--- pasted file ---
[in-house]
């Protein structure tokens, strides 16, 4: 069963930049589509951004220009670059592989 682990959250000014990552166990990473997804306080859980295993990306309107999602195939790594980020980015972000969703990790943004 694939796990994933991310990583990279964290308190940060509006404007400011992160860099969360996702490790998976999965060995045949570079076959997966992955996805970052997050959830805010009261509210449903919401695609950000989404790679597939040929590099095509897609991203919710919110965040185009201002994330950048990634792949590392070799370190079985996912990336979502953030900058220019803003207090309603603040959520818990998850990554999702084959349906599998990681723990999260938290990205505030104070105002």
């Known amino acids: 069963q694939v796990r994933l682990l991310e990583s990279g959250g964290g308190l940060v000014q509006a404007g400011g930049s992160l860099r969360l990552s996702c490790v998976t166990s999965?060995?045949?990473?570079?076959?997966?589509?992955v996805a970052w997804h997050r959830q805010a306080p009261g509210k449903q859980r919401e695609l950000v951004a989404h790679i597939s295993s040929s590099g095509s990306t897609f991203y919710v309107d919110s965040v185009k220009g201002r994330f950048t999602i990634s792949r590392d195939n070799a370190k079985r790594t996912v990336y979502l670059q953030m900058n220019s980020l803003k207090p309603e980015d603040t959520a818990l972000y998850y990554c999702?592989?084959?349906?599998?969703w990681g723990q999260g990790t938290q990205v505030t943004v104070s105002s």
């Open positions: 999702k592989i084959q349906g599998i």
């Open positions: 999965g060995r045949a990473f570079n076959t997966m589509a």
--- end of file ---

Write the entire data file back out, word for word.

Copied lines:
[in-house]
């Protein structure tokens, strides 16, 4: 069963930049589509951004220009670059592989 682990959250000014990552166990990473997804306080859980295993990306309107999602195939790594980020980015972000969703990790943004 694939796990994933991310990583990279964290308190940060509006404007400011992160860099969360996702490790998976999965060995045949570079076959997966992955996805970052997050959830805010009261509210449903919401695609950000989404790679597939040929590099095509897609991203919710919110965040185009201002994330950048990634792949590392070799370190079985996912990336979502953030900058220019803003207090309603603040959520818990998850990554999702084959349906599998990681723990999260938290990205505030104070105002």
């Known amino acids: 069963q694939v796990r994933l682990l991310e990583s990279g959250g964290g308190l940060v000014q509006a404007g400011g930049s992160l860099r969360l990552s996702c490790v998976t166990s999965?060995?045949?990473?570079?076959?997966?589509?992955v996805a970052w997804h997050r959830q805010a306080p009261g509210k449903q859980r919401e695609l950000v951004a989404h790679i597939s295993s040929s590099g095509s990306t897609f991203y919710v309107d919110s965040v185009k220009g201002r994330f950048t999602i990634s792949r590392d195939n070799a370190k079985r790594t996912v990336y979502l670059q953030m900058n220019s980020l803003k207090p309603e980015d603040t959520a818990l972000y998850y990554c999702?592989?084959?349906?599998?969703w990681g723990q999260g990790t938290q990205v505030t943004v104070s105002s």
């Open positions: 999702k592989i084959q349906g599998i």
């Open positions: 999965g060995r045949a990473f570079n076959t997966m589509a």